Simple enough questions. And Mary Barra, the GM CEO, should be ideally suited to answer these questions. That is, if GM had nothing to hide. Sadly, they do and she did. She showed up to the Senate hearings and played the typical ignorance game -- she defended her lack of knowledge in this deadly issue by playing dumb. Truth is, she's anything but. She claimed that she is new to her job and she needs time to look for the answers. Currently she just doesn't know enough to comment on her company's potential criminality nor their alleged cover-up.

That wasn't good enough for committee chairperson, Sen. Claire McCaskill, (D-Missouri). She got right to the point to tear apart Barra's 'neophyte status' defense. Checking out Barra's resume, which McCaskill does so deftly, you can see why her "I wasn't aware of a problem" defense" was shred into itty-bitty pieces.

It's time for GM to stop lying to buy time and confess to their liability. Thirteen families have been devastated by their actions. We Americans have put a lot of money into big corporations to save them. Maybe they should start coming clean with us on their actions.

If the American public is going to subsidize you, (hear that big oil), you better come honest and prepared to our elected officials when summoned or face the consequences next time you look for us to give you any help.

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Bitcoin, anyone? No, I'll pass, thanks...I like a little more substance to my currency.

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Bitcoin
Image: money.cnn.com

Bitcoin? No thanks...

I haven't gotten into arguments with right-wingers for a long time and I don't miss them.  I got tired of them because they never seemed to use a single brain cell to back up their points.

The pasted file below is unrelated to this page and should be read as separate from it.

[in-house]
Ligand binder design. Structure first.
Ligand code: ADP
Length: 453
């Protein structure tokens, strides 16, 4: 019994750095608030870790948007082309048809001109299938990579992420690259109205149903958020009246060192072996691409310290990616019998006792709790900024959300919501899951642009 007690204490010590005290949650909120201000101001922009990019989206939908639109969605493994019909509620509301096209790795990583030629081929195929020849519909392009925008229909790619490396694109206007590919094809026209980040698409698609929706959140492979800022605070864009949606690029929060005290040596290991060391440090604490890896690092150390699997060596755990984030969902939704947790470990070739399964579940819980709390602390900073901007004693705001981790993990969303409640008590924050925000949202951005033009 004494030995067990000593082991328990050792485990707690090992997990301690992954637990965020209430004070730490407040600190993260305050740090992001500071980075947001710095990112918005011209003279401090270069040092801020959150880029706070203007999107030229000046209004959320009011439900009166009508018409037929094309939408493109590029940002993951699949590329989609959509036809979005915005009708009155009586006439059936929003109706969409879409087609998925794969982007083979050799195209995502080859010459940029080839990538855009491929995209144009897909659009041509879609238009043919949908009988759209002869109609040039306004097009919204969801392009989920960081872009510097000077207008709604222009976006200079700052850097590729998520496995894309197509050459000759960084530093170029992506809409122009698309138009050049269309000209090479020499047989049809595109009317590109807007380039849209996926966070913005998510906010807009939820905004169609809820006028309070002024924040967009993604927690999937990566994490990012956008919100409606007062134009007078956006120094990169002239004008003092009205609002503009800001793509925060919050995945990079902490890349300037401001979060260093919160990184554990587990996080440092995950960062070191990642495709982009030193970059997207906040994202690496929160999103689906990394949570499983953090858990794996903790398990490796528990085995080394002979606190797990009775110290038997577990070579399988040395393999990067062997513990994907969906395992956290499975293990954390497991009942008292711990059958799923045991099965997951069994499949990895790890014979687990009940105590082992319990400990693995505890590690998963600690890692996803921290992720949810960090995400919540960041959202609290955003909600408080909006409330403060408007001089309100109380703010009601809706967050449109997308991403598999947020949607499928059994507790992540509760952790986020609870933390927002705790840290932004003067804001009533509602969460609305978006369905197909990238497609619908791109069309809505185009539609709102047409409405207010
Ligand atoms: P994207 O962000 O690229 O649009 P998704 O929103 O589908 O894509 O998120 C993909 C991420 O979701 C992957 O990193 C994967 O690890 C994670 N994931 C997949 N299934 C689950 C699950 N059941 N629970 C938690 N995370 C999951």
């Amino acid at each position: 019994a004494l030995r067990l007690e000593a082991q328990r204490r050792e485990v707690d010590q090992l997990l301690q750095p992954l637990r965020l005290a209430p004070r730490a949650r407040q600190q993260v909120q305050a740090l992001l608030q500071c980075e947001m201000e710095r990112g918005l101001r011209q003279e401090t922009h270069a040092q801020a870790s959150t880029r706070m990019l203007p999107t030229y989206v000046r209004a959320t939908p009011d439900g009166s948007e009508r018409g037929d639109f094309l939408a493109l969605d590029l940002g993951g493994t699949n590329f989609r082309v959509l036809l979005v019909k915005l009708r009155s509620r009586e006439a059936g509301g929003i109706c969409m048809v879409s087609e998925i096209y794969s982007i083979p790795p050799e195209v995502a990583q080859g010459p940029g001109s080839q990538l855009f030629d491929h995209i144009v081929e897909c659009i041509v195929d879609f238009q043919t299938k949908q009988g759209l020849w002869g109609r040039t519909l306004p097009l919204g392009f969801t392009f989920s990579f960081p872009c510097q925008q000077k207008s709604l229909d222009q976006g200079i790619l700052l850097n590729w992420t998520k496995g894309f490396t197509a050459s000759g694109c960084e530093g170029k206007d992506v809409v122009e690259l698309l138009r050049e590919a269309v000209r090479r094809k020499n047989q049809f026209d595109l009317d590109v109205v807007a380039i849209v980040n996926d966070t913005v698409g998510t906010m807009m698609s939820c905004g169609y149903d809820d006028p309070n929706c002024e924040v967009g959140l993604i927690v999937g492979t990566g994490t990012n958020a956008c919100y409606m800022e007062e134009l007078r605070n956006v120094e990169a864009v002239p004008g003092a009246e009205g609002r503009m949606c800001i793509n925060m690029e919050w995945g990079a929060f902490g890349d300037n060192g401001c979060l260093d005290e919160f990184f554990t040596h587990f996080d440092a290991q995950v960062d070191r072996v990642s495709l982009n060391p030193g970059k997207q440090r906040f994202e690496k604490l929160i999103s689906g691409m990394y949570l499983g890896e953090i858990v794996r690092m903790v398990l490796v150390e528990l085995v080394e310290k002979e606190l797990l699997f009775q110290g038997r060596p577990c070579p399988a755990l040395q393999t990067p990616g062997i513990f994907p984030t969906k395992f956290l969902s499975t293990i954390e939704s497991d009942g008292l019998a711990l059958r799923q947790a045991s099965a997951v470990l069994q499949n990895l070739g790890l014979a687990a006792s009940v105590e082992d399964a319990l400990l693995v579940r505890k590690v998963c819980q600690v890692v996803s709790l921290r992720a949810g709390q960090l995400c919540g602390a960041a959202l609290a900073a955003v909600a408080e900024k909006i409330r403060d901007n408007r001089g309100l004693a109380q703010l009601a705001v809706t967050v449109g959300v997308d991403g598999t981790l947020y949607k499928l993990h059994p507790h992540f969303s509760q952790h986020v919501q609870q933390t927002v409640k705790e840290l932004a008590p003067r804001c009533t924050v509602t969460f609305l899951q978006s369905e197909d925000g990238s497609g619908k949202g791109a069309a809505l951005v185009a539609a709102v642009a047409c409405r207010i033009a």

Libertarians are the worst of the lot because they live in a pure fantasy world where Ayn Rand's fiction is, to them, serious economic theory.  They never appreciated my telling them that Howard Roark is just as real as Harry Potter.  In essence, they all saw 'the emperor's clothes' although he was butt naked.  They had no connection with reality and still do not.

That's what I feel about Bitcoin.

I found a great explanation of Bitcoin in this article by Kevin Roose on the New York Magazine site:  The Doomsday Cult of Bitcoin.

From the excellent article:

Today, another nail hit the coffin courtesy of Flexcoin, a so-called "Bitcoin bank" that announced that all its users' accounts had simply vanished.

For months now, Bitcoin soothsayers have proclaimed that the virtual currency is going to Change Everything. The mass adoption of Bitcoin, they told us, would utterly transform the way the world stores and exchanges value. Government-backed currency would become obsolete.

In other words, there's no there there!  Bitcoin is virtual slight-of-hand, legerdemain. 

These may seem like isolated incidents, but together, they add up to a massive, damning breach of trust. I don't doubt, as Nobel laureate Robert Shiller put it last week, that "something good can arise from [Bitcoin's] innovations." But Bitcoin itself will never recover from these initial pratfalls.